Police Law Blog European Decisions Statutory Materials

Lawfulness of search warrant and detention irrelevant to forfeiture of cash

In Campbell v Bromley Magistrates’ Court [2017] EWCA Civ 1161, the Court of Appeal has confirmed that that there are no “fruits of the forbidden tree” consequences when it comes to the forfeiture of cash seized in accordance with Chapter 3 of the Proceeds of Crime Act 2002 (“POCA”).

A search warrant executed at the Appellant’s home had resulted in the seizure of a quantity of cash and the Appellant’s arrest on suspicion of money laundering. The cash was detained and subsequently forfeited under section 298 POCA on application by the police. The Appellant sought to challenge the decision of the Magistrates Court to proceed to a forfeiture hearing without its first determining, at a preliminary hearing, the lawfulness of the search and the subsequent detention of the seized cash.

The Court rejected the Appellant’s submission that if a challenge is raised to the lawfulness of either the original seizure or, as here, the subsequent detention of the cash, that matter must be determined as a preliminary issue by the court hearing the forfeiture proceedings. Instead, it held that the only question for consideration by a magistrates court when dealing with an application for the forfeiture of cash was whether, as a matter of fact, the conditions in section 298(2) were satisfied, namely:

(2) The court . . . may order the forfeiture of the cash or any part of it if satisfied that the cash or part –
(a) is recoverable property, or
(b) is intended by any person for use in unlawful conduct.

No inquiry, therefore, was required as to the legality of the search or whether the cash was properly detained under section 295. The Court approved the following passage of Keith J in UKBA v Tuncel and Basbaydar [2012] EWHC 402 (Admin); [2012] 1 WLR 3355 [18]:

 “…there is no doctrine in cases concerning the forfeiture of cash denying the authorities the ‘fruits of the forbidden tree’, unless the relevant statutory regime made the forfeiture of the cash dependent on the cash having been lawfully seized and detained in the first place… I do not think that the relevant statutory regime did that.”

Accordingly, the case reduced to three points:

  • The only question for consideration by the court when dealing with a forfeiture application is whether, as a matter of fact, the conditions in section 298(2) are satisfied;
  • The purpose of section 298(1) is merely to impose a temporal limit upon the ability of the constable to seek a forfeiture order; and
  • Accordingly, section 298 does not require ‘a gateway for forfeiture’ that the cash was properly detained under section 295.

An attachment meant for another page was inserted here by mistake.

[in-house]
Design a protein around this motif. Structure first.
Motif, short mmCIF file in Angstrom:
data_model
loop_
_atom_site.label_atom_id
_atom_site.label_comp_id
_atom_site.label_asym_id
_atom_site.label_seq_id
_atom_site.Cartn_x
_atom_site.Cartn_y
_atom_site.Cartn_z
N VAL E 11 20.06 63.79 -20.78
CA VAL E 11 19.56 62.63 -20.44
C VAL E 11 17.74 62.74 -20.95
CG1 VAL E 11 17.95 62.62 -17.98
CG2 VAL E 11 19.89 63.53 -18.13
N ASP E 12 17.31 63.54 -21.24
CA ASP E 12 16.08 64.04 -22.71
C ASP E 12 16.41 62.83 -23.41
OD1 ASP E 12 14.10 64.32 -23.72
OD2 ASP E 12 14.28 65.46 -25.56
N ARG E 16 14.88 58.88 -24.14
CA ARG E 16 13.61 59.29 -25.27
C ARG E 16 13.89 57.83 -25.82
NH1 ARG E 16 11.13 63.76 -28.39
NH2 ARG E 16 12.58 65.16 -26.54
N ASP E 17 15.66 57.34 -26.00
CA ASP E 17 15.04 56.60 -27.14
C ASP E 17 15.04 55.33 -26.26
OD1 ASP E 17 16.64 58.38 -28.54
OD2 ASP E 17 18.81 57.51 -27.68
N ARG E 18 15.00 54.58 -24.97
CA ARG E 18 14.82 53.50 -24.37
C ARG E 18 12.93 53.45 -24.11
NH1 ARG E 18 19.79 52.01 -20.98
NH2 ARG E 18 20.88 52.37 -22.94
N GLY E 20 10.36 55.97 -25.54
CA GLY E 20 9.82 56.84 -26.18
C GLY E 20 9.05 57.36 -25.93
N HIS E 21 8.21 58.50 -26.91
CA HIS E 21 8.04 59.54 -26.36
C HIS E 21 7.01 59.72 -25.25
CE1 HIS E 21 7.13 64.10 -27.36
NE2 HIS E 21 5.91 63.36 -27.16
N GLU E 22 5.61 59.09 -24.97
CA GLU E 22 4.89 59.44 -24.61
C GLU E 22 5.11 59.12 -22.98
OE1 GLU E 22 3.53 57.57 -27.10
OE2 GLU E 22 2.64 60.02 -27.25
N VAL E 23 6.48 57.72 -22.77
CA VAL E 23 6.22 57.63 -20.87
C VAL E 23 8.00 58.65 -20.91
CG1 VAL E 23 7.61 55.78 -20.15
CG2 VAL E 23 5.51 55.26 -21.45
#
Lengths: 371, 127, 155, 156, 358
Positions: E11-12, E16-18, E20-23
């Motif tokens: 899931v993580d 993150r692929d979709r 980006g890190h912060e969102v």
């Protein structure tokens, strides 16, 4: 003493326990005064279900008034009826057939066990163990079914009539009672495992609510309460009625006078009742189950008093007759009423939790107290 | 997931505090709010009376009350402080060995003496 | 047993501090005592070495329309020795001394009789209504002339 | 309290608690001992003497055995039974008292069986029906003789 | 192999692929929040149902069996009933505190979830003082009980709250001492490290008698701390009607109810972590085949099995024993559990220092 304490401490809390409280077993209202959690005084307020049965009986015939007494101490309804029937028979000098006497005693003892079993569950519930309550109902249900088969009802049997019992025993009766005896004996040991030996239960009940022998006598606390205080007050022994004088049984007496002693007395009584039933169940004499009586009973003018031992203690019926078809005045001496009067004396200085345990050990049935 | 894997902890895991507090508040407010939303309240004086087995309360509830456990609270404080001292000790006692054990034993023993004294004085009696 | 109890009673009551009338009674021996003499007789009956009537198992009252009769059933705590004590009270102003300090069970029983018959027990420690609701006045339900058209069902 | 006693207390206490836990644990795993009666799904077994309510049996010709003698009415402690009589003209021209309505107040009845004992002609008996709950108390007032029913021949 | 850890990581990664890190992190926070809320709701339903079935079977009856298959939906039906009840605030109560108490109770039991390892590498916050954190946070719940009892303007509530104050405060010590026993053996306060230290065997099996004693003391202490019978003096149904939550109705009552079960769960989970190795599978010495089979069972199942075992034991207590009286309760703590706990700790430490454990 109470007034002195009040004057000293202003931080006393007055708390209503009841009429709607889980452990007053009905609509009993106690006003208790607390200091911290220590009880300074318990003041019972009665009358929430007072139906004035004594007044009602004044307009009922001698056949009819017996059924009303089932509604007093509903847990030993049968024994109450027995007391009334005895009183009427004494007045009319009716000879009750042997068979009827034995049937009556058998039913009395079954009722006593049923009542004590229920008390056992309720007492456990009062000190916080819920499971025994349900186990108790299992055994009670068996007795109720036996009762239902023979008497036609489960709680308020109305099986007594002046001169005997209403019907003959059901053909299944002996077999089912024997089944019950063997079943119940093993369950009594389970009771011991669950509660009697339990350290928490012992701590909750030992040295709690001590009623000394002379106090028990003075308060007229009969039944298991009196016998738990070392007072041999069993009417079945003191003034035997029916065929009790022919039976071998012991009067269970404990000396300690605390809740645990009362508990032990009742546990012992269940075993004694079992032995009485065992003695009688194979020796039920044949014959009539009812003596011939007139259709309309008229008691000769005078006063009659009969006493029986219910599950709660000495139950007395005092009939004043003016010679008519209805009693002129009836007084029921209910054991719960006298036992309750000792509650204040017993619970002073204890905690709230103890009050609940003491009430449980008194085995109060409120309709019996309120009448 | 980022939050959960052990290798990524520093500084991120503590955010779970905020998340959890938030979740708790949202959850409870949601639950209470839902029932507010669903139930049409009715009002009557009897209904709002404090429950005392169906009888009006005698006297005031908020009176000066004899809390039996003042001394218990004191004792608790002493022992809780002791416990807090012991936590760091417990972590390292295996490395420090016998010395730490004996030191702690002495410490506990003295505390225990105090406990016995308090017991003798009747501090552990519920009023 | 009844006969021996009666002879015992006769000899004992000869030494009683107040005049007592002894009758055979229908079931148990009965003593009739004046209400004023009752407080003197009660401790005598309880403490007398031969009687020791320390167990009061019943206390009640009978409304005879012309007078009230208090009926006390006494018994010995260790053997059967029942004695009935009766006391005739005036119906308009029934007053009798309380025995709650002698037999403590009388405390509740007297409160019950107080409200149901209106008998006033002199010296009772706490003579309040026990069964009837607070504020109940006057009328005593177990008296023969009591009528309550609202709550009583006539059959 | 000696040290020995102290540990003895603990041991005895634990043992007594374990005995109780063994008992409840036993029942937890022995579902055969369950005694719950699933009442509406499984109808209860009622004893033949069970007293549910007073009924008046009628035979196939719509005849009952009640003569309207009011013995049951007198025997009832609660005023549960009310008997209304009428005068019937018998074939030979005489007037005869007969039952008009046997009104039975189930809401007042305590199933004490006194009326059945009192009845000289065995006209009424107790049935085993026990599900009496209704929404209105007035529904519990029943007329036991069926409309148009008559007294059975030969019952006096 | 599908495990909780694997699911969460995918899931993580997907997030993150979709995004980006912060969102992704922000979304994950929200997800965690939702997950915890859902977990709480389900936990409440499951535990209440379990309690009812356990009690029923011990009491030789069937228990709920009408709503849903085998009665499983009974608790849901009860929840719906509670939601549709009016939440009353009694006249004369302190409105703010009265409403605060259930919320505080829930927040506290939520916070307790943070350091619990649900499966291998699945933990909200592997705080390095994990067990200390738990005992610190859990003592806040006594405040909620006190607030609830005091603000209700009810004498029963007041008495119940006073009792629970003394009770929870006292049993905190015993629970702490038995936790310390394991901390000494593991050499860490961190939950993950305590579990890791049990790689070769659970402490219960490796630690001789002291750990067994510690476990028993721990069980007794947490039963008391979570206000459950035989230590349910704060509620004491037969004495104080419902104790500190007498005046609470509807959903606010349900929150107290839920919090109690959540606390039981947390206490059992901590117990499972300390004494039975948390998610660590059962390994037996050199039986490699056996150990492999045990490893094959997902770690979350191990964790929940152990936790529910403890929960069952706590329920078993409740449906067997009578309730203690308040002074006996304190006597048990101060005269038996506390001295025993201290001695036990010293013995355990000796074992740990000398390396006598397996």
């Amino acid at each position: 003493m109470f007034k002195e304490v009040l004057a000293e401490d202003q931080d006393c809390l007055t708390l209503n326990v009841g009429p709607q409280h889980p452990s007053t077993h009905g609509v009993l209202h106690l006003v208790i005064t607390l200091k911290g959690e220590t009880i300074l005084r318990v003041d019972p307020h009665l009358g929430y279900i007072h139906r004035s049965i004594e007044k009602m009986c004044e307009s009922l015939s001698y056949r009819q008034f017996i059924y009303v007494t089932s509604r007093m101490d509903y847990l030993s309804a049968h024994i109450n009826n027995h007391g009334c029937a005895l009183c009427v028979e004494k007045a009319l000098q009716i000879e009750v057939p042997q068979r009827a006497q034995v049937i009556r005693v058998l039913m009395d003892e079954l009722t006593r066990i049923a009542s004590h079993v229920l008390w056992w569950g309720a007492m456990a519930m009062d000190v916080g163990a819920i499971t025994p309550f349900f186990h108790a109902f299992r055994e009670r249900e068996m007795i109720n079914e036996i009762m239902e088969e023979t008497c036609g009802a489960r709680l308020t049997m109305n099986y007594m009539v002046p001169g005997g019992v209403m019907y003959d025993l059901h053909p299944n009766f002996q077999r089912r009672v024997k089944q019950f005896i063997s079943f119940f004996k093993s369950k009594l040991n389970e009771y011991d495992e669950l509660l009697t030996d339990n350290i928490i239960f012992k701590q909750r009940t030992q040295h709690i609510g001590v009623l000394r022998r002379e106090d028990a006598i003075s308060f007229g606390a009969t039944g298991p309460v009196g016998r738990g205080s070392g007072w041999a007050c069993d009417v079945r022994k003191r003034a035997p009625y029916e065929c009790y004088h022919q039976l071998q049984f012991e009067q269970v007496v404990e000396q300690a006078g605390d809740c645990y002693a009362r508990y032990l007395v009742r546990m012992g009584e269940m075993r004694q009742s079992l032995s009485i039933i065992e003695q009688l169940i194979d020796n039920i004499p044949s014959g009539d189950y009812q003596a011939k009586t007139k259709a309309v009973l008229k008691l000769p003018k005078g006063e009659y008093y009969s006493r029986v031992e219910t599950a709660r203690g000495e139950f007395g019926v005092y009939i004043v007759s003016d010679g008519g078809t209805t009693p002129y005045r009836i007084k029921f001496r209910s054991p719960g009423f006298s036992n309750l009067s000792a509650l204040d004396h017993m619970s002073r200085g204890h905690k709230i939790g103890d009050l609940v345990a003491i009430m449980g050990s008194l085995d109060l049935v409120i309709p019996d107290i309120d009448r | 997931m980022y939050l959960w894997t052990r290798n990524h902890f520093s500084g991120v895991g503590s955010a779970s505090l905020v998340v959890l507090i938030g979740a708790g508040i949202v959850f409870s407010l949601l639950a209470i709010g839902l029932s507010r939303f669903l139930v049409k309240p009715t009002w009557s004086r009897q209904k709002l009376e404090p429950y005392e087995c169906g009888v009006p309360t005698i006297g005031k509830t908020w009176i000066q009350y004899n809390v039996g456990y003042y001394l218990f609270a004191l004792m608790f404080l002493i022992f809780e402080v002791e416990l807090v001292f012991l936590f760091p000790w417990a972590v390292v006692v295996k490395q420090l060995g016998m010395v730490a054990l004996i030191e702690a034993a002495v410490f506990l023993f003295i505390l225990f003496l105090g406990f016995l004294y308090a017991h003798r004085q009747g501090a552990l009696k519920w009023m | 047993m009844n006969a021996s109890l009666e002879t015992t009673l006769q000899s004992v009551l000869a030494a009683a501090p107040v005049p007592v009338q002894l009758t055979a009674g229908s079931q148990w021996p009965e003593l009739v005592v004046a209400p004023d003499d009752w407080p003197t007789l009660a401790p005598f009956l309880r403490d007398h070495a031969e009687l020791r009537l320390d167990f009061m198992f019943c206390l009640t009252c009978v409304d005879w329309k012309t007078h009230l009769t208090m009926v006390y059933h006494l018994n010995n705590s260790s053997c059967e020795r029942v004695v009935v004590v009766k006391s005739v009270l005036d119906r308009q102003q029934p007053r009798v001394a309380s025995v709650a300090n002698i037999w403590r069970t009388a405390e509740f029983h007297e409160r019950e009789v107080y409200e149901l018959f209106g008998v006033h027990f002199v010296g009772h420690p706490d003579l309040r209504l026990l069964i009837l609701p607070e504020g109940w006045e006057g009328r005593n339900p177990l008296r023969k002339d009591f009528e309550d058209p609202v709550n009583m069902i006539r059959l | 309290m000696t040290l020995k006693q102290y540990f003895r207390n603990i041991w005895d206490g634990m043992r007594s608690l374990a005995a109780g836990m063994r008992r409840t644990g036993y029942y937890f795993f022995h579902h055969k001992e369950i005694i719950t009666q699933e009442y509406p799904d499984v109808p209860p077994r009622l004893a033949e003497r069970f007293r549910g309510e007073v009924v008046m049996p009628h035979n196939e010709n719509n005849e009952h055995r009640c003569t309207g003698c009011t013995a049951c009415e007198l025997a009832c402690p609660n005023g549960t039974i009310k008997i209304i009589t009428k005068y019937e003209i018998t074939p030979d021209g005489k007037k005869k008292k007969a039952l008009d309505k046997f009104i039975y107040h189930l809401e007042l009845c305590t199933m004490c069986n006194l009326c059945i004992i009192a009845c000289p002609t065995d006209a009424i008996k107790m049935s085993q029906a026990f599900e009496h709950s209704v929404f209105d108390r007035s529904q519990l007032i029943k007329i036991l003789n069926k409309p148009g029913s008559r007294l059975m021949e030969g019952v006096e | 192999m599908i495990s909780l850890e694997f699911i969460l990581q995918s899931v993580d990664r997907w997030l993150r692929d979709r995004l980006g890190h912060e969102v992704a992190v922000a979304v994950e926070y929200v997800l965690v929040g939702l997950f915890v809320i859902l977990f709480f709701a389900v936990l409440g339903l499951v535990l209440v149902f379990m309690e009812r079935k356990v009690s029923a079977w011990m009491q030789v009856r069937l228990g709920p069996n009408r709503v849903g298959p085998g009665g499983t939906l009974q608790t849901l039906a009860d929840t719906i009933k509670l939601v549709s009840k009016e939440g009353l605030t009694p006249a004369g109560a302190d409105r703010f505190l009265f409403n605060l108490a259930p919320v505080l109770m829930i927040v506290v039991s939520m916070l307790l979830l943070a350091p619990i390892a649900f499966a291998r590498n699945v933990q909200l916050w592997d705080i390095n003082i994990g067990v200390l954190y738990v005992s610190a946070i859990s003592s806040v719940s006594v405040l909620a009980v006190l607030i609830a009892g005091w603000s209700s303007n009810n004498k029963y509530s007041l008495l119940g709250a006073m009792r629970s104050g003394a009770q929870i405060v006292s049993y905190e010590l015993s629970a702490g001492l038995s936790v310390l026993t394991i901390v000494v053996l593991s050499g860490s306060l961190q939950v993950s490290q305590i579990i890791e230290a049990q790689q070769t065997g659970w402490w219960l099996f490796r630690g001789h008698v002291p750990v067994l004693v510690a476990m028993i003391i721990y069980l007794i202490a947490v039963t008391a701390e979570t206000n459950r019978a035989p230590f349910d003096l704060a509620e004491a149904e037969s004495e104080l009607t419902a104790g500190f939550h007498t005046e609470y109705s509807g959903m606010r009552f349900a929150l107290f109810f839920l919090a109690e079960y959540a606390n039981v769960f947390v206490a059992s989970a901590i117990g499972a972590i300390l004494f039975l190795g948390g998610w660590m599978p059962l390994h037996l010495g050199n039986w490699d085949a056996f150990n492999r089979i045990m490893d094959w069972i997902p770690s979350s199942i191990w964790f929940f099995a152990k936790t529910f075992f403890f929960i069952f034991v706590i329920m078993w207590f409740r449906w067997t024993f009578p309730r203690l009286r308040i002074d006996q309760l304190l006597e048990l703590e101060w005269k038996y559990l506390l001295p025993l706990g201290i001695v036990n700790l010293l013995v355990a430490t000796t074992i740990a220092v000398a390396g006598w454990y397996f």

The decision is welcome for police forces and should be relied upon in forfeiture applications if any point is taken by the defendant in relation to the lawfulness of the search warrant itself, conduct of the search or the detention of any seized cash. There is no requirement for an inquiry into these matters before or at the the point of forfeiture. Police forces should continue to ensure that their powers of seizure are engaged under Chapter 3 POCA and that the property seized is properly “cash” within the meaning of that chapter: see R (Merida Oil Traders Ltd) v Central Criminal Court and others [2017] EWHC 747 (Admin).

It is also worth recalling:

  • Section 294(1) requires no prior conditions to be satisfied in order for a constable to seize cash save that the officer must have reasonable grounds for suspecting that it is recoverable property or intended by any person for use in unlawful conduct. There is no requirement for the officer to be present lawfully on the premises from which the cash is seized or for the cash to have been seized lawfully pursuant to any other statutory power;
  • The lawful seizure of cash pursuant to section 294 does not extinguish any other civil remedy that a respondent may have in relation to any entry or any damage caused thereby;
  • Section 298(3) refers relates to a power of search. It makes no reference to seizure. There is no requirement in section 294 for cash to have been seized following a search conducted in accordance with section 298(3);
  • Where cash is seized pursuant to a power other than section 294 prior to its later seizure pursuant to it, the later seizure should still be valid and lawful. A seizure pursuant to section 294 in no way purports to ‘cure’ a previous, defective seizure under a different statutory provision; it is not a “re-seizure” of cash using the same statutory power. It is arguably a fresh or alternatively, an original seizure pursuant to a different statutory provision: see Chief Constable of Merseyside v Hickman [2006] EWHC 451 (Admin).
  • Notwithstanding that property seized pursuant to a defective warrant must ordinarily be returned, it is arguable that a person cannot be entitled to retain or have returned cash which is recoverable property. A finding by a magistrates’ court that seized cash is recoverable property, in that it is derived from unlawful conduct, must mean that the cash has always been recoverable property. It is properly arguable that no person can have a legal right to continued or uninterrupted possession of cash which is recoverable property and/or derived from unlawful conduct.